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Westpac move ‘credit-positive’: Moody’s

Westpac’s decision to raise $3.5 billion in capital and increase its branded variable home loan rates by 20 basis points is “credit-positive”, according to Moody’s Investors Service.

The credit ratings agency said the bank’s capital raising better positions Westpac against the current backdrop of continued regulatory reform, but noted that its end-point capital needs remain unclear, with a possibility of greater-than-anticipated increases in regulatory capital requirements.

“Overall, while we think that capital accumulation by Westpac and its peer Australian major banks is likely to extend well into 2016, the need for further capital raisings has abated,” he said.

“The bank is now well positioned to meet any future increases in capital requirements through organic capital generation and, as needed, usage of its dividend reinvestment plans.”

Moody’s said the 20-basis-point increase in Westpac’s headline owner-occupier and investor rates will help it offset the negative impact of increasing capital on its return to equity.

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“On the other hand, the potential for downward pressure on Westpac’s residential mortgage market share is a smaller counterweighing negative,” it said.

Moody’s also approves of Westpac’s decision to increase selected new term deposit rates by 25 basis points.

“Over the recent years, Australian banks, including Westpac, have shown strong growth of at-call deposits. We expect that over time they will look to rebalance their deposit portfolios toward term deposits, reflecting a regulatory focus on stickier funding sources,” it said.

“In addition, after some years of increases in the proportion of customer deposits in its total funding, in 2014-15, Westpac reported a moderate decrease from 60.2 per cent to 59.3 per cent. In this respect, it’s pricing change is a credit positive.”

Westpac move ‘credit-positive’: Moody’s

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>The credit ratings agency said the bank’s capital raising better positions Westpac against the current backdrop of continued regulatory reform, but noted that its end-point capital needs remain unclear, with a possibility of greater-than-anticipated increases in regulatory capital requirements.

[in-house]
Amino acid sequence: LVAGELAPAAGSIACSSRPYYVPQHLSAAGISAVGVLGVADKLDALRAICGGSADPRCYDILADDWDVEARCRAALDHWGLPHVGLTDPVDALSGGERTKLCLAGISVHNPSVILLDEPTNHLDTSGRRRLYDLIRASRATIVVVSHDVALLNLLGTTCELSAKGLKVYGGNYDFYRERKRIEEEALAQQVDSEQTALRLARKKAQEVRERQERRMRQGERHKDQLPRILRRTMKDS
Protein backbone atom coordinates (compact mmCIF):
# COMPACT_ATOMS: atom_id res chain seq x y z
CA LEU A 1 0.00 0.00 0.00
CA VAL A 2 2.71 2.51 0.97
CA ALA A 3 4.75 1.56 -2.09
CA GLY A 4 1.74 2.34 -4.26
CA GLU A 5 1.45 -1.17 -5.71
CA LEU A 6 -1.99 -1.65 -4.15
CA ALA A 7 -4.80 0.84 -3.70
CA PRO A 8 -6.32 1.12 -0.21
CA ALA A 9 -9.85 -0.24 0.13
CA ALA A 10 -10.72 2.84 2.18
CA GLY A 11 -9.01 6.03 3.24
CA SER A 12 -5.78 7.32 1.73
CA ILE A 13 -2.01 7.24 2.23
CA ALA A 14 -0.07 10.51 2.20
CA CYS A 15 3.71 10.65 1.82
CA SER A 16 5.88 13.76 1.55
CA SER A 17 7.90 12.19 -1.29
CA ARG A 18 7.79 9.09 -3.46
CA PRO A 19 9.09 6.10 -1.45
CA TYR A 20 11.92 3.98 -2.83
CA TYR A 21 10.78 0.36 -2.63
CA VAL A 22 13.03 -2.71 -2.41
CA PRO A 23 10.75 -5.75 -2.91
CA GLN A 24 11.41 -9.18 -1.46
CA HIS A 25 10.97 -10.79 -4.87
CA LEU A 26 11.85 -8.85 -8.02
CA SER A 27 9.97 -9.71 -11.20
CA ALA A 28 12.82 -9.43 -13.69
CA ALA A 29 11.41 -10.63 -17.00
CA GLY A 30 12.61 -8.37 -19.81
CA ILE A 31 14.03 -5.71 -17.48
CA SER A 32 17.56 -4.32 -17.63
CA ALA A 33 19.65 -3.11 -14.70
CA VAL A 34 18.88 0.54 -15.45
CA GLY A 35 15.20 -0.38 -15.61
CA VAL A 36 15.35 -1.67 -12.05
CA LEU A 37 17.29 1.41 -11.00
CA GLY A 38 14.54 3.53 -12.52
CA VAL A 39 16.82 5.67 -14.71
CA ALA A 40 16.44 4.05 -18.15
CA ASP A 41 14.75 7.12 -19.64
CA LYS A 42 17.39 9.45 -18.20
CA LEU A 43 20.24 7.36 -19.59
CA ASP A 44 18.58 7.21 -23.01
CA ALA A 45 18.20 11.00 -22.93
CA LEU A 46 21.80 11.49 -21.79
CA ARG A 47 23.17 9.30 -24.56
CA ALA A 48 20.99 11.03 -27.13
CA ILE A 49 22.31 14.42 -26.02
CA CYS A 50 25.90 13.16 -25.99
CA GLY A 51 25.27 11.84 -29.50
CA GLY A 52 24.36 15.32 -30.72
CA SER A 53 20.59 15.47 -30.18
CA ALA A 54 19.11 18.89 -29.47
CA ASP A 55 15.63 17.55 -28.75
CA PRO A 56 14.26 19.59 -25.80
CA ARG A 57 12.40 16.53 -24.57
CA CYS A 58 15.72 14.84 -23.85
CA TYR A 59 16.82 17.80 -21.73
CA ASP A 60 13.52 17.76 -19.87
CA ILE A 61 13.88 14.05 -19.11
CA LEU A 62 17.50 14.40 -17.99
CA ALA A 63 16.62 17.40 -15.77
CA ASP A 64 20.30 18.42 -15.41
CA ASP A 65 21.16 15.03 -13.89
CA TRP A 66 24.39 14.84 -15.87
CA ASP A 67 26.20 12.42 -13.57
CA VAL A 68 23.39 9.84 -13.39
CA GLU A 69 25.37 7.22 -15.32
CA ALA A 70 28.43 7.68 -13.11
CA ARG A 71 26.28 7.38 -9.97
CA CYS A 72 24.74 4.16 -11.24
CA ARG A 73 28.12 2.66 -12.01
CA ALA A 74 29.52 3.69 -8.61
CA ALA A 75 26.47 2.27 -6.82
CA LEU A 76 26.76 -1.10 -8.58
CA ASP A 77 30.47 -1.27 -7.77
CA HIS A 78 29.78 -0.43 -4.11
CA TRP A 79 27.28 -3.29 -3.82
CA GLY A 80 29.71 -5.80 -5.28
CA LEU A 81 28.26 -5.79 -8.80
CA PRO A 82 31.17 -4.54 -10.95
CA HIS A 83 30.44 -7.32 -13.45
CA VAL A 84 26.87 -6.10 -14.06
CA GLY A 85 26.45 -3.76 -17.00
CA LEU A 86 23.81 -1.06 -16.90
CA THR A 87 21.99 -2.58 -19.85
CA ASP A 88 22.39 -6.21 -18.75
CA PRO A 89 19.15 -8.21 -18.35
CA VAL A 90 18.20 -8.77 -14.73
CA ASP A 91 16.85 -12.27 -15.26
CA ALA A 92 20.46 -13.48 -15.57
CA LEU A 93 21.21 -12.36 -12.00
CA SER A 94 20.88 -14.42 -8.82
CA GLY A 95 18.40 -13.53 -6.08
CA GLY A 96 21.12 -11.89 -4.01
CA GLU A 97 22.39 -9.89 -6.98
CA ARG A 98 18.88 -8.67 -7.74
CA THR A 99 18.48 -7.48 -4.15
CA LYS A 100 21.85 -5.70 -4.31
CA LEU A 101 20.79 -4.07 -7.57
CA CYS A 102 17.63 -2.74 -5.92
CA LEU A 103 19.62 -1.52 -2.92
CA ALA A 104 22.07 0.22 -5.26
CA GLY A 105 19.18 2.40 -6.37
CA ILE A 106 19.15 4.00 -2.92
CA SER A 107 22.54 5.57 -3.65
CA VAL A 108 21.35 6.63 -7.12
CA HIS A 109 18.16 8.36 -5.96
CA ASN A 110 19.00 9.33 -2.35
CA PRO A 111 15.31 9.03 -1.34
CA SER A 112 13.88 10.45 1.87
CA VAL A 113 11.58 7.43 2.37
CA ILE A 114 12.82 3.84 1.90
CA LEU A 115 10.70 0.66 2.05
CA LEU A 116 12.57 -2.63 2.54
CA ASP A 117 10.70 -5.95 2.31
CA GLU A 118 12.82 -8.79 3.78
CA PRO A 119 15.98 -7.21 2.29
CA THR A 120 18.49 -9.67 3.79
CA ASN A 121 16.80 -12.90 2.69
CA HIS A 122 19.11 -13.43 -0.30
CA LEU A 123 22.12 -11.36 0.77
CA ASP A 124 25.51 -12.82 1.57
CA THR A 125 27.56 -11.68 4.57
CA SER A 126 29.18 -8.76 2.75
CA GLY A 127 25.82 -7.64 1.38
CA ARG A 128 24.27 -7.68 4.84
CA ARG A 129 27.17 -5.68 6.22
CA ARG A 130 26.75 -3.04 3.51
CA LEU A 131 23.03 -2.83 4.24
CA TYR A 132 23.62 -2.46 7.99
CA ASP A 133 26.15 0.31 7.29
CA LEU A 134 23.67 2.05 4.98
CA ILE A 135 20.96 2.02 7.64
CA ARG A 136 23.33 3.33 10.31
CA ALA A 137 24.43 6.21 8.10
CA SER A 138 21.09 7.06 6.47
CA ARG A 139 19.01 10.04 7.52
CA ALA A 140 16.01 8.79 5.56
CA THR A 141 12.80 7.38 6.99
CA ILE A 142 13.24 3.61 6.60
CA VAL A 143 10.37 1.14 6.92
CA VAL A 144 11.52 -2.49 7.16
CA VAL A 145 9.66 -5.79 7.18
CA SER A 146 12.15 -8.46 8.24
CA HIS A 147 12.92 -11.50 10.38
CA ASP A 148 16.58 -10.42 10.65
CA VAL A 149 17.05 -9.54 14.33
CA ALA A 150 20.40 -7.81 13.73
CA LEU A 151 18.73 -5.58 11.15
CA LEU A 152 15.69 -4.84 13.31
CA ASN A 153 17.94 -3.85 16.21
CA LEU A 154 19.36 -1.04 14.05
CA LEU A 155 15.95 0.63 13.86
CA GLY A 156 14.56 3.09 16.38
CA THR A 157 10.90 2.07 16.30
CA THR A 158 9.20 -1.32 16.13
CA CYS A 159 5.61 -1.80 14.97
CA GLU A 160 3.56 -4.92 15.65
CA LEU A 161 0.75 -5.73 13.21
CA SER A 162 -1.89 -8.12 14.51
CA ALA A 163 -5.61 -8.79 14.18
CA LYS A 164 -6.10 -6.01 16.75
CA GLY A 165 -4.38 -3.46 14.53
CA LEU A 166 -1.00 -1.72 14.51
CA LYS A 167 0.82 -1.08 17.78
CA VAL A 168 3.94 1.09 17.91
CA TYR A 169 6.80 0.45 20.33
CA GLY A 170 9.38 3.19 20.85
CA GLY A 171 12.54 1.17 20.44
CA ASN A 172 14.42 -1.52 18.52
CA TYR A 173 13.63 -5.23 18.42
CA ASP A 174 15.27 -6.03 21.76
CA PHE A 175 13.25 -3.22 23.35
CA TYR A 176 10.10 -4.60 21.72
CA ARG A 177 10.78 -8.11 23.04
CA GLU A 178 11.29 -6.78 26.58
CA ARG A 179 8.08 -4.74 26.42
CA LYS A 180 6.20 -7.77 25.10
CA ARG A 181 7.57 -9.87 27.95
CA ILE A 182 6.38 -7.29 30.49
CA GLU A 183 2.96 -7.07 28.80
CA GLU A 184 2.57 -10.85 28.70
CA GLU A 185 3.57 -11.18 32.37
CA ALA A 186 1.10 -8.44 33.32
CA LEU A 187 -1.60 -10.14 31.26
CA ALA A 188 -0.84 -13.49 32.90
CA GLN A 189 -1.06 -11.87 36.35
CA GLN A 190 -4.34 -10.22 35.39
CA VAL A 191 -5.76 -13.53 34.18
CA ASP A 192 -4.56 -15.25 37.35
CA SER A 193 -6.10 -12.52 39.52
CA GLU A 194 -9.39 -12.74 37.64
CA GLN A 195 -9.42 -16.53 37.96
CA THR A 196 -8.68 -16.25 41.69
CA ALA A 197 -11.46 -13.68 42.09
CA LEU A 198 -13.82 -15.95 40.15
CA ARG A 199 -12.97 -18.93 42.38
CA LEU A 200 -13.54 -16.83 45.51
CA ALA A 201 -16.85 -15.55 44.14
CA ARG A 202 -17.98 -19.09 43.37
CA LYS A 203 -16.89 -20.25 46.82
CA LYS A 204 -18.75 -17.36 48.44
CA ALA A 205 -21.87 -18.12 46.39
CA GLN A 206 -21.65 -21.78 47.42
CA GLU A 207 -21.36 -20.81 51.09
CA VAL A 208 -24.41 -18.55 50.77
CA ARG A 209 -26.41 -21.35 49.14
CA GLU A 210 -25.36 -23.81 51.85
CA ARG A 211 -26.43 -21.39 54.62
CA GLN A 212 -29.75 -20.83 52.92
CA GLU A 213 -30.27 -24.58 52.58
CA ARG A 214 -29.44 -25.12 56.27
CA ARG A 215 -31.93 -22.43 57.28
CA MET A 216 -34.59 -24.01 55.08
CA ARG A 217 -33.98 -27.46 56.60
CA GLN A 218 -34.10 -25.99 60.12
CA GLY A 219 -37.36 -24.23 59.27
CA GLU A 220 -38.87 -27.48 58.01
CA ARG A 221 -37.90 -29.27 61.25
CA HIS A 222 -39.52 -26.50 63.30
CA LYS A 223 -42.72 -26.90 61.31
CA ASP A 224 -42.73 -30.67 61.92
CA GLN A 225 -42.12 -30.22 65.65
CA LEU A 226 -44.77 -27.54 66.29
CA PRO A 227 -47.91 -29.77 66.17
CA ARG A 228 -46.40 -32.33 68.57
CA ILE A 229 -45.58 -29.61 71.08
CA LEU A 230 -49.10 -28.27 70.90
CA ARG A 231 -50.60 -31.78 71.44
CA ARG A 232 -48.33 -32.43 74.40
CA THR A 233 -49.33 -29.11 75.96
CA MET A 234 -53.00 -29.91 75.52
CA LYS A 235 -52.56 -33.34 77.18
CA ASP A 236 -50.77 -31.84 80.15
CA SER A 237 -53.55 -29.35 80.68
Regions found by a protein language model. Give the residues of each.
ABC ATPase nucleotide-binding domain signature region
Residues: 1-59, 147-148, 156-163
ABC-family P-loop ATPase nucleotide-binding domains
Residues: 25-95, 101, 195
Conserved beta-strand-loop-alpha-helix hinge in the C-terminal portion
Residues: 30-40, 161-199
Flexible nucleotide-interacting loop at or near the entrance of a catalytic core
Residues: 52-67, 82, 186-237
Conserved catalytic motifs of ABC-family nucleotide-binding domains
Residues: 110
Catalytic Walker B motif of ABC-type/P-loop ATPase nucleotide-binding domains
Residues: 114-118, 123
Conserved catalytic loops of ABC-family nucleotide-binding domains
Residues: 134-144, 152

“Overall, while we think that capital accumulation by Westpac and its peer Australian major banks is likely to extend well into 2016, the need for further capital raisings has abated,” he said.

“The bank is now well positioned to meet any future increases in capital requirements through organic capital generation and, as needed, usage of its dividend reinvestment plans.”

Moody’s said the 20-basis-point increase in Westpac’s headline owner-occupier and investor rates will help it offset the negative impact of increasing capital on its return to equity.

“On the other hand, the potential for downward pressure on Westpac’s residential mortgage market share is a smaller counterweighing negative,” it said.

Moody’s also approves of Westpac’s decision to increase selected new term deposit rates by 25 basis points.

“Over the recent years, Australian banks, including Westpac, have shown strong growth of at-call deposits. We expect that over time they will look to rebalance their deposit portfolios toward term deposits, reflecting a regulatory focus on stickier funding sources,” it said.

“In addition, after some years of increases in the proportion of customer deposits in its total funding, in 2014-15, Westpac reported a moderate decrease from 60.2 per cent to 59.3 per cent. In this respect, it’s pricing change is a credit positive.”

Westpac move ‘credit-positive’: Moody’s
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